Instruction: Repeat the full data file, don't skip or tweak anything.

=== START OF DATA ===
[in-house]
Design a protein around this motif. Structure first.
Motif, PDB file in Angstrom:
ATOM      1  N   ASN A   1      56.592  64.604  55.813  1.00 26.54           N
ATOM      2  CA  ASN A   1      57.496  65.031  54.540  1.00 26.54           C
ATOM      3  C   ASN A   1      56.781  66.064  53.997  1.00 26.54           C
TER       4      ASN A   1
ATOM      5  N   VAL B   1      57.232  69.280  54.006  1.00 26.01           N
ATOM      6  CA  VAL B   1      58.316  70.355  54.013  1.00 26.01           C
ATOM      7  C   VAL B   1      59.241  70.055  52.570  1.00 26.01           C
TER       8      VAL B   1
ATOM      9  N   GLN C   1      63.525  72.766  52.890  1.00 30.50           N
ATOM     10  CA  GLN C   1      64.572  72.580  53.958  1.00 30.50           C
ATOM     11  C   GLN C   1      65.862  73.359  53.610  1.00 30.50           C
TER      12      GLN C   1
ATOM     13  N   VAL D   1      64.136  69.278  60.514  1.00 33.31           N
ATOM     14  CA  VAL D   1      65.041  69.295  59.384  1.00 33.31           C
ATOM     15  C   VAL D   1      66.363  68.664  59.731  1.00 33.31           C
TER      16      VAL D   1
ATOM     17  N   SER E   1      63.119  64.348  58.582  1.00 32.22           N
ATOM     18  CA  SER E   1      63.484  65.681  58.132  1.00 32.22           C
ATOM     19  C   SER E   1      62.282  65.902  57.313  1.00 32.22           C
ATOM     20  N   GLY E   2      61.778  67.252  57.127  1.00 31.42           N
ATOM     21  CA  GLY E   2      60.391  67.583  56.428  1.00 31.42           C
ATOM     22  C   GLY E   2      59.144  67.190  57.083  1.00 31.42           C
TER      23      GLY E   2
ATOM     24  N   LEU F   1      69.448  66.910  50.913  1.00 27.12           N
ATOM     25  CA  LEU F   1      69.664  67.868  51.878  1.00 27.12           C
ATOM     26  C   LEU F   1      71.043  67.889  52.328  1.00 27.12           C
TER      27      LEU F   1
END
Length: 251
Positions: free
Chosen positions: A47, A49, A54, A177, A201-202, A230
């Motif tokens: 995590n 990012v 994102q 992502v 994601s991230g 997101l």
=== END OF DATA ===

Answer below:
[in-house]
Design a protein around this motif. Structure first.
Motif, PDB file in Angstrom:
ATOM      1  N   ASN A   1      56.592  64.604  55.813  1.00 26.54           N
ATOM      2  CA  ASN A   1      57.496  65.031  54.540  1.00 26.54           C
ATOM      3  C   ASN A   1      56.781  66.064  53.997  1.00 26.54           C
TER       4      ASN A   1
ATOM      5  N   VAL B   1      57.232  69.280  54.006  1.00 26.01           N
ATOM      6  CA  VAL B   1      58.316  70.355  54.013  1.00 26.01           C
ATOM      7  C   VAL B   1      59.241  70.055  52.570  1.00 26.01           C
TER       8      VAL B   1
ATOM      9  N   GLN C   1      63.525  72.766  52.890  1.00 30.50           N
ATOM     10  CA  GLN C   1      64.572  72.580  53.958  1.00 30.50           C
ATOM     11  C   GLN C   1      65.862  73.359  53.610  1.00 30.50           C
TER      12      GLN C   1
ATOM     13  N   VAL D   1      64.136  69.278  60.514  1.00 33.31           N
ATOM     14  CA  VAL D   1      65.041  69.295  59.384  1.00 33.31           C
ATOM     15  C   VAL D   1      66.363  68.664  59.731  1.00 33.31           C
TER      16      VAL D   1
ATOM     17  N   SER E   1      63.119  64.348  58.582  1.00 32.22           N
ATOM     18  CA  SER E   1      63.484  65.681  58.132  1.00 32.22           C
ATOM     19  C   SER E   1      62.282  65.902  57.313  1.00 32.22           C
ATOM     20  N   GLY E   2      61.778  67.252  57.127  1.00 31.42           N
ATOM     21  CA  GLY E   2      60.391  67.583  56.428  1.00 31.42           C
ATOM     22  C   GLY E   2      59.144  67.190  57.083  1.00 31.42           C
TER      23      GLY E   2
ATOM     24  N   LEU F   1      69.448  66.910  50.913  1.00 27.12           N
ATOM     25  CA  LEU F   1      69.664  67.868  51.878  1.00 27.12           C
ATOM     26  C   LEU F   1      71.043  67.889  52.328  1.00 27.12           C
TER      27      LEU F   1
END
Length: 251
Positions: free
Chosen positions: A47, A49, A54, A177, A201-202, A230
């Motif tokens: 995590n 990012v 994102q 992502v 994601s991230g 997101l």